In 2001, President George W. Bush met with Russian President Vladimir Putin and made a famous statement he would later come to regret.
“I looked the man in the eye. I found him to be very straightforward and trustworthy,” Bush said. “I was able to get a sense of his soul.”
The former KGB officer and Russian dictator for the past two decades launched a devastating invasion of neighboring Ukraine in 2022, resulting in tens of thousands of civilian casualties, including children. This is the third war Putin has been involved in since he claimed ultimate power, after incursions in Chechnya and Georgia. At the moment, Putin is probably one of the most universally hated people in the world, but somehow he managed to not only fool the President of the United States but countless other heads of state and seasoned diplomats who should have known better.
Perhaps these powerful politicians made the same mistake many of us have done and continue to do time and time again: thinking you can judge a book by its cover.
Ask most people whether they can tell if a person is trustworthy just by looking at their face and they’ll likely answer with a confident ‘yes’. Alas, that’s just hubris and wishful thinking according to the findings of a new study that found people are actually quite terrible at judging trustworthiness when a person’s facial cues are the only information available.
Rice University political scientist Rick Wilson and Texas A&M economist Catherine Eckel asked subjects to look at photos of other people who participated in previous studies that involved them making decisions in experimental trust games. Some of these decisions were cooperative and abided by some arbitrary rules set forth by the experiments, while other decisions involved cheating.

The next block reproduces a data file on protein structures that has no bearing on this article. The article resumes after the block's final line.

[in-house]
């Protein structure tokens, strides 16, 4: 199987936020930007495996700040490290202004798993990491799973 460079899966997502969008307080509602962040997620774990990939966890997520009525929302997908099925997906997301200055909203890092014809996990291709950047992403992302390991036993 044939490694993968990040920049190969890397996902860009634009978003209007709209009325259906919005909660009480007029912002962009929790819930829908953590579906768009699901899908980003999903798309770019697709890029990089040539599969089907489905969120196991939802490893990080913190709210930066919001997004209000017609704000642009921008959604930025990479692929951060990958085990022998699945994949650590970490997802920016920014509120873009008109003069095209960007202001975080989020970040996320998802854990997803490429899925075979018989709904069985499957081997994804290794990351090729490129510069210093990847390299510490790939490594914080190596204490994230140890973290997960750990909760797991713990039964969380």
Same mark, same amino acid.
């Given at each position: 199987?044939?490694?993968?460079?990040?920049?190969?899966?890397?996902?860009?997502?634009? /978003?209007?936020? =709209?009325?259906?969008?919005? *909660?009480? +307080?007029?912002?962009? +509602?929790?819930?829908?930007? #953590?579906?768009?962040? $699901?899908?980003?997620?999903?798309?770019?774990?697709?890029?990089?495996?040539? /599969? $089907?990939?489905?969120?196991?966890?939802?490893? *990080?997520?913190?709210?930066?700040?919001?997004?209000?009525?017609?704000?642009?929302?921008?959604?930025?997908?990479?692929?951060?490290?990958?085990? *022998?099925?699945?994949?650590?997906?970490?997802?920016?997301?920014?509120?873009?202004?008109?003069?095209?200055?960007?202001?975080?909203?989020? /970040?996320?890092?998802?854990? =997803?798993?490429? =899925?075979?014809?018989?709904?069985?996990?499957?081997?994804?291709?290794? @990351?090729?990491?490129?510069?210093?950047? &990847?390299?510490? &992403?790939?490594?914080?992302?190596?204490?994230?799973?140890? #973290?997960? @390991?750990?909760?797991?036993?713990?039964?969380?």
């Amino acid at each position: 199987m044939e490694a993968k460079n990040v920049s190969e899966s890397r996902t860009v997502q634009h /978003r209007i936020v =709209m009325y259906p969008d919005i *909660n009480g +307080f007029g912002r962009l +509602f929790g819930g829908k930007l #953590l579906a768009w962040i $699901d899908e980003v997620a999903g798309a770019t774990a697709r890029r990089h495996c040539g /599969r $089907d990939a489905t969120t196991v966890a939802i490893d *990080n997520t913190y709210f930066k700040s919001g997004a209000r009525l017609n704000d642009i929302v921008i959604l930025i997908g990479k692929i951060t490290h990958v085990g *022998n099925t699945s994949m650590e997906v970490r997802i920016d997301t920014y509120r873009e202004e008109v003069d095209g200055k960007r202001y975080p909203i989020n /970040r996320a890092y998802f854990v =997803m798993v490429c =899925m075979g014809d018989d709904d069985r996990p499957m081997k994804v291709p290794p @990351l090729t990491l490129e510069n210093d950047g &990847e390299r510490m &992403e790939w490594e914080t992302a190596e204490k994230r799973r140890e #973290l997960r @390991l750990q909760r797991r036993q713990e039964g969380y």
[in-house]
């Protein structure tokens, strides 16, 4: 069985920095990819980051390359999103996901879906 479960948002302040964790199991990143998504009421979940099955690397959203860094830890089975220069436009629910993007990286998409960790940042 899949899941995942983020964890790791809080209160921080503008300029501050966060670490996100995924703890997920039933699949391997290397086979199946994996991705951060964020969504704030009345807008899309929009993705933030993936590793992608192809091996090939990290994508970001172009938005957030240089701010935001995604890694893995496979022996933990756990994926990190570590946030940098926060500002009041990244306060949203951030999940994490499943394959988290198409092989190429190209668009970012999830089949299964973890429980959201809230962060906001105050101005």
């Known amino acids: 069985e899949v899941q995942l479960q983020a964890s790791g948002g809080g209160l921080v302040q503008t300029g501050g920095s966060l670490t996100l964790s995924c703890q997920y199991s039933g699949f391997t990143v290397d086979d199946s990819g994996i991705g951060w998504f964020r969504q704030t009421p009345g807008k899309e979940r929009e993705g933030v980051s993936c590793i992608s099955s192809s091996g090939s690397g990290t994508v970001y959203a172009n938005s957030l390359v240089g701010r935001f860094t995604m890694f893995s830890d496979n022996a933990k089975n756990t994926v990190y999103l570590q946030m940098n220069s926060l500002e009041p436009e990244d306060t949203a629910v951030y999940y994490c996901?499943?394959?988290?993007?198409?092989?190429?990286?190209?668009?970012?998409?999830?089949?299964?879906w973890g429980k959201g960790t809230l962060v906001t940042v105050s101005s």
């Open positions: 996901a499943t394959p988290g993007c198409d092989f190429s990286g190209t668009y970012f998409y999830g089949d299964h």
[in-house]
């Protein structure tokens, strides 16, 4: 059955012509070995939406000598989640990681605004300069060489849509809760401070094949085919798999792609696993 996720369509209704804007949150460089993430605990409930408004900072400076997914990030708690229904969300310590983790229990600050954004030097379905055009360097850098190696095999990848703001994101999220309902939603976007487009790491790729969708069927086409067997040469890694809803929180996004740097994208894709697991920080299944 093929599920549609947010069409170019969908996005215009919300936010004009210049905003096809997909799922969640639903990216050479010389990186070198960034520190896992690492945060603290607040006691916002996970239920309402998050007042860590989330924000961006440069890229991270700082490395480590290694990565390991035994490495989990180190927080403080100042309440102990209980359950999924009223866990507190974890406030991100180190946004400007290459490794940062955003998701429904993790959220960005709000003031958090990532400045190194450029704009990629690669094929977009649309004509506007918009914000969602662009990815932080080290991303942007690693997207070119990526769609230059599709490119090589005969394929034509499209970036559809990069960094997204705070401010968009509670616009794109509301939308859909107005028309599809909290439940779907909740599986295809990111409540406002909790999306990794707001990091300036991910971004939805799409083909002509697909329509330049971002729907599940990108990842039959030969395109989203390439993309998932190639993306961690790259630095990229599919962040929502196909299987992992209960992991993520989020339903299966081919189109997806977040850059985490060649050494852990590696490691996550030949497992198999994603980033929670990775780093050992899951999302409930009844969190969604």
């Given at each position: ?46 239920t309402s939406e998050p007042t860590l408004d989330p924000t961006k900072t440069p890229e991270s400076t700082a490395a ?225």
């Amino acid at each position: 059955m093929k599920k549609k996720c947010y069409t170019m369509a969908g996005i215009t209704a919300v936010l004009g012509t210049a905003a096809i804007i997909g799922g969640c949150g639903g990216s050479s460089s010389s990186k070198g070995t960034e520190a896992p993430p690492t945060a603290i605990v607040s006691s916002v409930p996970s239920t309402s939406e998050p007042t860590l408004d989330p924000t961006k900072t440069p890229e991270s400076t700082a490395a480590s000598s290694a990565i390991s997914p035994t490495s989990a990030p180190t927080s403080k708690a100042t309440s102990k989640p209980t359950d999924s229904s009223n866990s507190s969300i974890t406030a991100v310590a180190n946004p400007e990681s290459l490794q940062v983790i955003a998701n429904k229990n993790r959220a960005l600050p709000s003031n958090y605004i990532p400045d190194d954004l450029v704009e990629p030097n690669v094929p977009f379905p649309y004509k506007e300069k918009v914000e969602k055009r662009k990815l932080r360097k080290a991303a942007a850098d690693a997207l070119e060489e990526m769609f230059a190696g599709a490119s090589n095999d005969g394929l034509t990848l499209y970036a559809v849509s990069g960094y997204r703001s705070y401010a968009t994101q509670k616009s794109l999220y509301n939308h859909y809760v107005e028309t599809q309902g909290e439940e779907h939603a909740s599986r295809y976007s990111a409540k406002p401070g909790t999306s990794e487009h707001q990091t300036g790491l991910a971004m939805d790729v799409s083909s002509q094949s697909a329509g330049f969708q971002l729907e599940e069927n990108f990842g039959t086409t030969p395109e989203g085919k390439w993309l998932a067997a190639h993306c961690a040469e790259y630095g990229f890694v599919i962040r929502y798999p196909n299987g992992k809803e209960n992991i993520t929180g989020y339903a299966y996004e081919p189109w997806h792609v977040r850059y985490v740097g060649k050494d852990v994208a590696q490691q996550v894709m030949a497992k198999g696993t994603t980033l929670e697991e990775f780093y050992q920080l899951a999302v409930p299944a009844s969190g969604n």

The subjects had to guess the level of trustworthiness of the people portrayed in the photographs and earned a monetary reward if they guessed right. But even with the financial incentive, the subjects couldn’t guess with any greater accuracy than random chance which person behaved in a trustworthy manner in the experimental setting.
“The results show that subjects had little ability to accurately guess the trust and trustworthiness behavior of others. There is significant heterogeneity in the accuracy of guesses, and errors in guesses are systematically related to the observable characteristics of the photos,” the authors wrote in their study.
These incorrect hunches were not random. A pattern emerged in which the participants were influenced by various stereotypes based on facial features they saw in photos, including gender, skin color, and attractiveness.
“Our results revealed that people are fooling themselves when they think they can predict trustworthiness from appearance alone,” Wilson said in a statement.
But despite these revelations, it is still tough not to fall for this trap. A 2014 study from New York University’s Department of Psychology found our brains immediately judge the trustworthiness of a stranger’s face even when we cannot consciously see it, confirming previous research showing that we form spontaneous judgments of other people that can be largely outside awareness.
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